While an open culture around data is desirable, it takes several complementary actions to get there. Access to private data, whether it is generated by a business or by an NGO, cannot be treated as a rights issue. Individual freedom and private property need to be respected while creating enabling incentives and encouraging voluntary efforts to open up information.
As research and data get exposed, the first problem that arises is that faults and errors become evident and can cause people to beat a quick retreat. What needs to be kept in mind is that pioneers who open their data sets before others can reap a large signaling dividend. Modest research with openness could have a higher impact than a superior quality study that remains closed. If sustained, open data researchers can build a reputation that is several notches above those who keep their data closed.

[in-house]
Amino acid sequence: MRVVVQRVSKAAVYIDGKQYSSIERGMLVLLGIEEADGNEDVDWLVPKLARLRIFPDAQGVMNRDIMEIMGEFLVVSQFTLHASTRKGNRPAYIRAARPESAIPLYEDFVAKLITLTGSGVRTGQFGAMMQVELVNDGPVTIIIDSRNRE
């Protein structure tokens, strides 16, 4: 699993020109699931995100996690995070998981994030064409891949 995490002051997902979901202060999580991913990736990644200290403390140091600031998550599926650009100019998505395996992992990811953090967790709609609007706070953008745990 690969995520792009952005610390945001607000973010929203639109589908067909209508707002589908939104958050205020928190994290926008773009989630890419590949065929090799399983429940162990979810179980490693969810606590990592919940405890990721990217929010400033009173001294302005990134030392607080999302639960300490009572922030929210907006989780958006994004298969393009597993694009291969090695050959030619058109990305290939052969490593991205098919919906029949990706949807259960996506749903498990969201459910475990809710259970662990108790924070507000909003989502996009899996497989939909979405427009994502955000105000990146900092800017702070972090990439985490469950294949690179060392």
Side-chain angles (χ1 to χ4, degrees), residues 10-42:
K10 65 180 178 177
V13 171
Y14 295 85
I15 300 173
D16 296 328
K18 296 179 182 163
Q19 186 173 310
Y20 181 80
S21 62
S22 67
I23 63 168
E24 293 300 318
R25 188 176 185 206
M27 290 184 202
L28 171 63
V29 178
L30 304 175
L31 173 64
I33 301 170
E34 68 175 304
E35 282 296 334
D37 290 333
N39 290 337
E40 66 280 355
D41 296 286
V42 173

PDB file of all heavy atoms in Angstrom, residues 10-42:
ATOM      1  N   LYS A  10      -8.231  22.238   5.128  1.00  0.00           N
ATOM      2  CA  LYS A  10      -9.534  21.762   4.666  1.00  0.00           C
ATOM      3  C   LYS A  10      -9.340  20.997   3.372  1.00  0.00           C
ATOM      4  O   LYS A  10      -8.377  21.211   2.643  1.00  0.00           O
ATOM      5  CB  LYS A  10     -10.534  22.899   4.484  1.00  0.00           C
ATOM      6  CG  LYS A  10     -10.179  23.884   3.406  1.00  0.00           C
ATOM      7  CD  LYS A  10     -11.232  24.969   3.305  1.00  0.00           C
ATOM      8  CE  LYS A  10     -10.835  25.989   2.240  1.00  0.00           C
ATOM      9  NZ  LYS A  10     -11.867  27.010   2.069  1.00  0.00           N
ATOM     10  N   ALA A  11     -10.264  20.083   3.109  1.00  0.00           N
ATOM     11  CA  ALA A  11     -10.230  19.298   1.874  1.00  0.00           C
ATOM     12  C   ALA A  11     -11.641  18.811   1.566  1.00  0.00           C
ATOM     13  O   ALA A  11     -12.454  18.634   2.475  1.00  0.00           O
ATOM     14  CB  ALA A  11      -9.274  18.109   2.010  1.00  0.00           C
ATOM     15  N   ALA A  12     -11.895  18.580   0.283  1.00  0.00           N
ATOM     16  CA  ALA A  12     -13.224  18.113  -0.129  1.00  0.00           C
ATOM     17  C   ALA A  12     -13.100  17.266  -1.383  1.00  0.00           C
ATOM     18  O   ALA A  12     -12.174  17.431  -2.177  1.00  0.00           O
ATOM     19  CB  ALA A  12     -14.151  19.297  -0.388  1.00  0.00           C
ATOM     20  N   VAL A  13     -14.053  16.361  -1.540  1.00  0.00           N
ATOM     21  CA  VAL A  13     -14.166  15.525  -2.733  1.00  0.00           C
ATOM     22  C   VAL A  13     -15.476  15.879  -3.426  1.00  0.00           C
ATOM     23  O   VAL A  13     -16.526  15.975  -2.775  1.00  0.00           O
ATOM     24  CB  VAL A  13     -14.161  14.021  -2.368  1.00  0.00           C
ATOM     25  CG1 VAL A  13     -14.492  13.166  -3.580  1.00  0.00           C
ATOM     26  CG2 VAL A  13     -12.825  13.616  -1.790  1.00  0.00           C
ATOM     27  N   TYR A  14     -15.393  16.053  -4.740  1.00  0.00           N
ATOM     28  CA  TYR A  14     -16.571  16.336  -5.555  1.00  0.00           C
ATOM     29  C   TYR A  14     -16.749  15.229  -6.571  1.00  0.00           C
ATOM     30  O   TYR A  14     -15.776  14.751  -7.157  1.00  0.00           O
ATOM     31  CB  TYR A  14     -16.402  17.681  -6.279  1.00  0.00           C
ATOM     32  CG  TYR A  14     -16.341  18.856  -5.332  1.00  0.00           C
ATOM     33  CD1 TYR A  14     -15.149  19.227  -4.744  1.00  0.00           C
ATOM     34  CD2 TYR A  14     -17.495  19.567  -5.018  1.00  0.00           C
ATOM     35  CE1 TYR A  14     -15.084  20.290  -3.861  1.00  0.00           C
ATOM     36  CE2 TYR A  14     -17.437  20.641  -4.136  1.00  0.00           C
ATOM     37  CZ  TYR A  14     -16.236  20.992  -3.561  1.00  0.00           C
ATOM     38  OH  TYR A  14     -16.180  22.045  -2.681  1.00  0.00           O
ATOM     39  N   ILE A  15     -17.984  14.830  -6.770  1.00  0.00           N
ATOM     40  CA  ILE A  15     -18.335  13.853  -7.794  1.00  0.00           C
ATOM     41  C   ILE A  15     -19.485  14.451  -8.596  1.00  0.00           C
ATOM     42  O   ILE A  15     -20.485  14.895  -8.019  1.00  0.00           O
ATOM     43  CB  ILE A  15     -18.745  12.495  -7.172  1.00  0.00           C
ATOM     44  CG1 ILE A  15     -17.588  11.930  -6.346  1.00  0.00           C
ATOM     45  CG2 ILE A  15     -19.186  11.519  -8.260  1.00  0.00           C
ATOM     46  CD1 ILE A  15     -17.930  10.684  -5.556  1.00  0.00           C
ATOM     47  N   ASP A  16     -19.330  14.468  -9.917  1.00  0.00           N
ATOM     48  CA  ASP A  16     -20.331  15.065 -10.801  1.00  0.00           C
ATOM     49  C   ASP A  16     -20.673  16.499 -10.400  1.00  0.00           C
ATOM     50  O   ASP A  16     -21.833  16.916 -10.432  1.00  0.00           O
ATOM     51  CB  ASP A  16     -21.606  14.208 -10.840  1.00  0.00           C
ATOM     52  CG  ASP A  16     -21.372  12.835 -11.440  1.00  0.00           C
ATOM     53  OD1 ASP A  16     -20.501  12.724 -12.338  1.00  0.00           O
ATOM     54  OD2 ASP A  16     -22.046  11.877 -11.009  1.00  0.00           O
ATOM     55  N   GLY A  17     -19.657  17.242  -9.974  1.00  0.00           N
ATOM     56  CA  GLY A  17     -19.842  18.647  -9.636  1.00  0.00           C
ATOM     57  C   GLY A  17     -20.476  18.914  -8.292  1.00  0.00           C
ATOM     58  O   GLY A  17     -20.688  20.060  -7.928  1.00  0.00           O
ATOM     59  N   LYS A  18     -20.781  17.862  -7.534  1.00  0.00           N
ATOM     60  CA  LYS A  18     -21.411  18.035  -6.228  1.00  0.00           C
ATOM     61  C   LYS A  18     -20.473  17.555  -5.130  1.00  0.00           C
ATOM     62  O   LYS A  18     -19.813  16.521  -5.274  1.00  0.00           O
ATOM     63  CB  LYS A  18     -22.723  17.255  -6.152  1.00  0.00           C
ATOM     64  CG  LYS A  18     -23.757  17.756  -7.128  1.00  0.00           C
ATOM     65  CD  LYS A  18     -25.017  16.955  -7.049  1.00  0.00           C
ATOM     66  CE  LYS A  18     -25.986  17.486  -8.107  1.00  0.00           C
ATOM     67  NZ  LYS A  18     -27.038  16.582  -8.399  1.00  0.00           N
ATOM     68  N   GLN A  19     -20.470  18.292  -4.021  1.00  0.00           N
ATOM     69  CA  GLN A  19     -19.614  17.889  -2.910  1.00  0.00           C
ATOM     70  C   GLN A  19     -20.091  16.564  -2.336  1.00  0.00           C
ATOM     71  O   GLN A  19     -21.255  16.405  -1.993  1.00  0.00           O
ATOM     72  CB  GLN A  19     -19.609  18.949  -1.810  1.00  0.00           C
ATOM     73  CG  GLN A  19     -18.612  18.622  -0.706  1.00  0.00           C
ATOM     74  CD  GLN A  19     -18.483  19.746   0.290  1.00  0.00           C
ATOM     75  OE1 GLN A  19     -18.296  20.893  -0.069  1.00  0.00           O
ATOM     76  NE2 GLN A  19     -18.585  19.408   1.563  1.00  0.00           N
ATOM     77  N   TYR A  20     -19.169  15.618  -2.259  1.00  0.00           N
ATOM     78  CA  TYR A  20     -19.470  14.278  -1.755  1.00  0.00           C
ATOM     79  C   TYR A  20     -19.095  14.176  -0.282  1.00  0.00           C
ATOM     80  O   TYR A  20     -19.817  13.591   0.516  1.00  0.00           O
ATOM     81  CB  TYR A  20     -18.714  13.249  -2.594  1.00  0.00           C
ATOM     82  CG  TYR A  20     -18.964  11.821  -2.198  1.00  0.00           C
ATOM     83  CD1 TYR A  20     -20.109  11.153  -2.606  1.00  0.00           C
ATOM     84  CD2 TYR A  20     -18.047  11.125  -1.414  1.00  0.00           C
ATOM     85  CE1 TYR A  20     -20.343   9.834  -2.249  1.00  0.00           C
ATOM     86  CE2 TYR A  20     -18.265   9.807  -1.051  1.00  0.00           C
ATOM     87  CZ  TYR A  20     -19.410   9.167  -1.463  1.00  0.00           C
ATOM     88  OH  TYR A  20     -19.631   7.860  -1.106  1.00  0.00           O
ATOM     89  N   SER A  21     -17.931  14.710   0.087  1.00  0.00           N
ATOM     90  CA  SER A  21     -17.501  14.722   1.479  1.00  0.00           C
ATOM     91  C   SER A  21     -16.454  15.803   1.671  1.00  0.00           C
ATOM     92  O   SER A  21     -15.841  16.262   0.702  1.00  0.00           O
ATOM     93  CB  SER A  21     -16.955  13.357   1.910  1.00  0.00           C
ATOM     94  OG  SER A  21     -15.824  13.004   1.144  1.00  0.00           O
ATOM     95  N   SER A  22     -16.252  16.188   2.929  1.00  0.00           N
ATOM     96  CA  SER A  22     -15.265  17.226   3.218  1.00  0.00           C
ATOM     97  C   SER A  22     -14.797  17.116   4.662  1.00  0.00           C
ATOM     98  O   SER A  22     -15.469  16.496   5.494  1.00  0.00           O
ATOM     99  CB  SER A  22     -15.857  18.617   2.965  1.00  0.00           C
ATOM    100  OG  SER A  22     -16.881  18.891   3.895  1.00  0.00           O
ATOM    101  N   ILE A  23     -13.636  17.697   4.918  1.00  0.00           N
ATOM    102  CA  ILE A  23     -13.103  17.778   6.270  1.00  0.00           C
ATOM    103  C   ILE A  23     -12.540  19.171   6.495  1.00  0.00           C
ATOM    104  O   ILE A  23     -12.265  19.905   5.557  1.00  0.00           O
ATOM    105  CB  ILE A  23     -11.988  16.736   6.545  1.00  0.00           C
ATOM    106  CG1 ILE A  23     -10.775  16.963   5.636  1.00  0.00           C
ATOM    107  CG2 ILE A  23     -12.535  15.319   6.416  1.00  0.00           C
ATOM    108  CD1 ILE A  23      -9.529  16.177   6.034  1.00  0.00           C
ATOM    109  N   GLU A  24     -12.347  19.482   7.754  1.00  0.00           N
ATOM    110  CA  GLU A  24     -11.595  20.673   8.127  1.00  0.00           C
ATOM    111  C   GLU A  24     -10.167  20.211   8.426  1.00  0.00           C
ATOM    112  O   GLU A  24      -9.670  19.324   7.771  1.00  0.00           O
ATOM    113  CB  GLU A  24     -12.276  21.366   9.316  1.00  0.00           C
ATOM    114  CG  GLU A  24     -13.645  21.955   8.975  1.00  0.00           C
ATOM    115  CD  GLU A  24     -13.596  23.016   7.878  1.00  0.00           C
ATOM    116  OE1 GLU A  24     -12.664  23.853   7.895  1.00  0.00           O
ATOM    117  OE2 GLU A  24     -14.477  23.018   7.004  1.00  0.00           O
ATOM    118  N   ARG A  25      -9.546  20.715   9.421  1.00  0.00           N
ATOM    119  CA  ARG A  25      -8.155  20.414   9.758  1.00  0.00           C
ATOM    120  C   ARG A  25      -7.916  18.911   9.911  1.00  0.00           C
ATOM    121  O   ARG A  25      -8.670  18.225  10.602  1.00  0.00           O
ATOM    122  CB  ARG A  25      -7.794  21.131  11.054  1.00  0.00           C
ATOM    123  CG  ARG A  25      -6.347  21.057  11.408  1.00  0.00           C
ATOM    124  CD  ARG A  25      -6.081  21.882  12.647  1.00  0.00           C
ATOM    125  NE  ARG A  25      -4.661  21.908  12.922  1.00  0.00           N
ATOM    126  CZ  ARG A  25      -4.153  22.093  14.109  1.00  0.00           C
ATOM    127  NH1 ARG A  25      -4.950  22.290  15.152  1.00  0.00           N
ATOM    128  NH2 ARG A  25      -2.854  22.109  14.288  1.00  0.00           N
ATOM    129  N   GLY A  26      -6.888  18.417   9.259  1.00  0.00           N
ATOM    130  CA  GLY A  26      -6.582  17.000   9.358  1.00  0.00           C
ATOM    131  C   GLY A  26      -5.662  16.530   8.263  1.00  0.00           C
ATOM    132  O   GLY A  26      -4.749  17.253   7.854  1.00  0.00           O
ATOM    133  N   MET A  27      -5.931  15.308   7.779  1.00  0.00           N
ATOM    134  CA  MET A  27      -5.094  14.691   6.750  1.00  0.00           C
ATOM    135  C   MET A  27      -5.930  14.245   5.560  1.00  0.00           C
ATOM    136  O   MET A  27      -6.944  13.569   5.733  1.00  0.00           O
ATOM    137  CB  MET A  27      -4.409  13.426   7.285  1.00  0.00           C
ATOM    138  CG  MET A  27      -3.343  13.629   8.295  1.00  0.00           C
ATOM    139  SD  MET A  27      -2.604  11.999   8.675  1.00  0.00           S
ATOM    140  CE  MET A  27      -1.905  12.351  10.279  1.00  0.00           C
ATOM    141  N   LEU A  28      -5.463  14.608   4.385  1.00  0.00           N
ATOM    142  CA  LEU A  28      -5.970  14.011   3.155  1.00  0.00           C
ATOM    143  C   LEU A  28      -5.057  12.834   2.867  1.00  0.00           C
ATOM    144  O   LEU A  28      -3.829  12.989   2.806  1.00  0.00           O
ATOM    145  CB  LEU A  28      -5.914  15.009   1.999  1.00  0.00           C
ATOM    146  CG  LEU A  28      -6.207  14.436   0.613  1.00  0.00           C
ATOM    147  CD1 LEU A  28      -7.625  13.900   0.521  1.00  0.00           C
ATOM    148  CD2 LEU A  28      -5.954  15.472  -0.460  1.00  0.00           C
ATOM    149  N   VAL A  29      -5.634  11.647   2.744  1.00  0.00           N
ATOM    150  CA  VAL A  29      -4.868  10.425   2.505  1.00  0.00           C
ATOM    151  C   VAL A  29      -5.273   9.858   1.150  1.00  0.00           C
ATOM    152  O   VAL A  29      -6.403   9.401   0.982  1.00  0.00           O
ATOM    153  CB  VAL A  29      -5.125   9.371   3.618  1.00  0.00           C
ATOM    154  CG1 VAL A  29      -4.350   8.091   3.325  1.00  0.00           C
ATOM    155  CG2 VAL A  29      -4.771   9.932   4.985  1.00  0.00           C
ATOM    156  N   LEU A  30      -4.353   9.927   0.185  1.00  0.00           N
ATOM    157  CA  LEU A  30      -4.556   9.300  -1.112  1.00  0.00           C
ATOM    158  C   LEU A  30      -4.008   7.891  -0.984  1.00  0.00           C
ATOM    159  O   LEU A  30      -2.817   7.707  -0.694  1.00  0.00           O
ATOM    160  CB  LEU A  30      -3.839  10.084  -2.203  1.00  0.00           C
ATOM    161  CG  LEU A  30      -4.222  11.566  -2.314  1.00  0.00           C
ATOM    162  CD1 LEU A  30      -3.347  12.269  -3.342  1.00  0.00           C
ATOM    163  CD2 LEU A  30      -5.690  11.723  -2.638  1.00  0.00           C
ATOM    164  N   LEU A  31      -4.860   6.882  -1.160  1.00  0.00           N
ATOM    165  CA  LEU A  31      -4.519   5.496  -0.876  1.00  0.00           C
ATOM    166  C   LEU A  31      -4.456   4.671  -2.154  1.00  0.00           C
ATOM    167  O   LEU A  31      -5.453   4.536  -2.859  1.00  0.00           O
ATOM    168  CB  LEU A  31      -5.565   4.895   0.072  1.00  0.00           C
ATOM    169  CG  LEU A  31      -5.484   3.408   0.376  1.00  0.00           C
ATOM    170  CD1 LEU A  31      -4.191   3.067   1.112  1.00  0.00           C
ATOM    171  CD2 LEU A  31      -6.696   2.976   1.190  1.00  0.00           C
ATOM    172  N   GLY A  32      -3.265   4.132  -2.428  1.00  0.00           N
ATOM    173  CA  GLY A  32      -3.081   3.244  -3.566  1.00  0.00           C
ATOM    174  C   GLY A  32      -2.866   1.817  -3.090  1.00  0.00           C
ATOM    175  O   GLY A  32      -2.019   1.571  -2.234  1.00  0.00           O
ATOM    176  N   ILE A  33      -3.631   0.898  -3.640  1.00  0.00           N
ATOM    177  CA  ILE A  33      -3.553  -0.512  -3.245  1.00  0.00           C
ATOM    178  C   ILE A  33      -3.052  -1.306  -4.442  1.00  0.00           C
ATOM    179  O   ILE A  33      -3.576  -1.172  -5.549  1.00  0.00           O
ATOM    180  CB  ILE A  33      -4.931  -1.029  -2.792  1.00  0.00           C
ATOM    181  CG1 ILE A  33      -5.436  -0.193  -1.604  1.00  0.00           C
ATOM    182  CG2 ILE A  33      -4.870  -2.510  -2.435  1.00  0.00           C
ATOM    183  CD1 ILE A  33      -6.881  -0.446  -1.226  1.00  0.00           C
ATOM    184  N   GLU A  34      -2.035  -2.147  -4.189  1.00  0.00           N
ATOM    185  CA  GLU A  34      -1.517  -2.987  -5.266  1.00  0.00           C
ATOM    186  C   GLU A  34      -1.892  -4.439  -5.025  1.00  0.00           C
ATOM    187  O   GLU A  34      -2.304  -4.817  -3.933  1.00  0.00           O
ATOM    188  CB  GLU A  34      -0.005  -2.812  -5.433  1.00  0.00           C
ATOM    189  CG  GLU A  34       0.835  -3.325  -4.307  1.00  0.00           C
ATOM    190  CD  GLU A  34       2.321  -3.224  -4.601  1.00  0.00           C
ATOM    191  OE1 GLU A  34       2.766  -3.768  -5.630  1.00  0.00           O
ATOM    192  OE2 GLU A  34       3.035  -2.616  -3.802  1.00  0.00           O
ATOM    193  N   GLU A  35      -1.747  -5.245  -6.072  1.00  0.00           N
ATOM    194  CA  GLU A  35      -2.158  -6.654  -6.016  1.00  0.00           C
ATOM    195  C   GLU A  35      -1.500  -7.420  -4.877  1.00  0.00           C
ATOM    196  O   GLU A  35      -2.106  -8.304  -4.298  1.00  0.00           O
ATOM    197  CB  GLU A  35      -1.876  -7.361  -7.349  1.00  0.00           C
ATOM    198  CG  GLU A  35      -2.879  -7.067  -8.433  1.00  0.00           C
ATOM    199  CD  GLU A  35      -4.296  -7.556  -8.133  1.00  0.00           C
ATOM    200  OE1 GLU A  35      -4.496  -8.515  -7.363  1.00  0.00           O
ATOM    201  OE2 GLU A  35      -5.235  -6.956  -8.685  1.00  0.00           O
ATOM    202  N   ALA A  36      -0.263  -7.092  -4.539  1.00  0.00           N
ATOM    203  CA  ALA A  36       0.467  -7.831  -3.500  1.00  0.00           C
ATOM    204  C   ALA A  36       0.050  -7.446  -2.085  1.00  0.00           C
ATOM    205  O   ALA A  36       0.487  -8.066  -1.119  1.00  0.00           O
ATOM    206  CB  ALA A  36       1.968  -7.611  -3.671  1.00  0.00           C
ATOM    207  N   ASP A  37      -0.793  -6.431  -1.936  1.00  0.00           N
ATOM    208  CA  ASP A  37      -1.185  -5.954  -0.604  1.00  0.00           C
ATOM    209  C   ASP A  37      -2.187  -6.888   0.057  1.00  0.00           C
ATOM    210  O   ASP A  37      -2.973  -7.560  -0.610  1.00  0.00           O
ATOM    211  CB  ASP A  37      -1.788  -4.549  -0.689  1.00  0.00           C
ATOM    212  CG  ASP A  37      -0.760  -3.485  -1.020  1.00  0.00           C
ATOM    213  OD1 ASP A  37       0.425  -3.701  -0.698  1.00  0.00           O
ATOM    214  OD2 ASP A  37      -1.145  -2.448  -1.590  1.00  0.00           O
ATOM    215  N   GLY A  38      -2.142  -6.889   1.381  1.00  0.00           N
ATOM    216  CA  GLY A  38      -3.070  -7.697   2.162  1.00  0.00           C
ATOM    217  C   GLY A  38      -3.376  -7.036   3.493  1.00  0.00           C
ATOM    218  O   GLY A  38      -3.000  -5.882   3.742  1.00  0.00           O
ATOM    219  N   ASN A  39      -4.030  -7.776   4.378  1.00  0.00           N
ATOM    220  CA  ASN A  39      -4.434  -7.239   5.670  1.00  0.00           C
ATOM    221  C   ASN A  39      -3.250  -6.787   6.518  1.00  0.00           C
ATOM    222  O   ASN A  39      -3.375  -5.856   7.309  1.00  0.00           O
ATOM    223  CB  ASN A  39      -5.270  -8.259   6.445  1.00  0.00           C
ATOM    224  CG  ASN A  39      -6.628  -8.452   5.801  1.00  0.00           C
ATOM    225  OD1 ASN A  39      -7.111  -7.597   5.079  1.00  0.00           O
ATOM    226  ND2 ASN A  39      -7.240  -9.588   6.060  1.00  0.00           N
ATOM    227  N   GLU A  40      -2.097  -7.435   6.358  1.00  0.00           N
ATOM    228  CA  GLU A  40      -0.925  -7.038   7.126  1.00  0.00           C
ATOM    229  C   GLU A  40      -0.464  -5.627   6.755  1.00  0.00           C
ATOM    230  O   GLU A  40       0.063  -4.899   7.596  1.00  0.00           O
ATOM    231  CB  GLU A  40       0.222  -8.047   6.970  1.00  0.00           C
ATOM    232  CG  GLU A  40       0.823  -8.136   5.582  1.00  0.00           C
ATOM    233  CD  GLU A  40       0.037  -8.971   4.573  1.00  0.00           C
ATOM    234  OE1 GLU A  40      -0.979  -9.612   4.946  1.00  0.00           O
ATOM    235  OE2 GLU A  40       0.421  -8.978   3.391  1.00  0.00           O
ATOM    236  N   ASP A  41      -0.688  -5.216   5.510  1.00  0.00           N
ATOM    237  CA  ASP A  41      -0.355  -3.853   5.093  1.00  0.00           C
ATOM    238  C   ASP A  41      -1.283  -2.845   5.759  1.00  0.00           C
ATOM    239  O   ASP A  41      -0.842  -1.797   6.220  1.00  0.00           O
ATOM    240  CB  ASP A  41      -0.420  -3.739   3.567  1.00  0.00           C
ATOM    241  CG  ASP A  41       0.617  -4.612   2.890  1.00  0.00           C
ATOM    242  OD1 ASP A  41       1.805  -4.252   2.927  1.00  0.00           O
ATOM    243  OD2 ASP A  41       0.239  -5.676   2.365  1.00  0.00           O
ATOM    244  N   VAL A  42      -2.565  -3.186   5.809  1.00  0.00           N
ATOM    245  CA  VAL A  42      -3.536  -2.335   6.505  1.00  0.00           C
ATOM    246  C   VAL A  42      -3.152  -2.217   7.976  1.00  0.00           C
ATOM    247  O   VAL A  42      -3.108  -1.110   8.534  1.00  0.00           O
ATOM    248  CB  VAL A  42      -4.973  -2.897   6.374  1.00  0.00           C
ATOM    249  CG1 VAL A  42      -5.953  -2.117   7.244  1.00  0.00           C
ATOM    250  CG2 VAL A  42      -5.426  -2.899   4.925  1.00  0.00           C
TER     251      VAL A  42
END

The second problem is that open disclosure results in a loss of control – where unknown anonymous users could use it without giving proper credit and for radically different ends. While this can indeed happen, the public benefit from open disclosure and the credit for it remains higher than such losses.
The third problem that can arise is that as the culture of sharing is weak and data science is still nascent in India, the benefits of opening up data sets may take a lot of time to yield impressive results. What is also needed is a kick starter – perhaps in the form of scholarships for students and researchers to use high quality datasets and publish new results.
Donors and foundations funding research and analysis also have an important role to play here – by committing to openness and providing platforms that enable sharing, they can change the work cultures in organisations that they fund. Official mandates to that effect government-funded research would work the same way. In India there is ample precedent for comfort: agencies such as the World Bank and others have embraced open data, it is for others to keep up.
If India is to transition to a true knowledge economy, open access, availability and contestability of public knowledge is paramount. A narrow campaign to liberate government data will have far less of a lasting impact than a broader attempt at creating a culture of openness and sharing around information and data. It is time we started on the latter.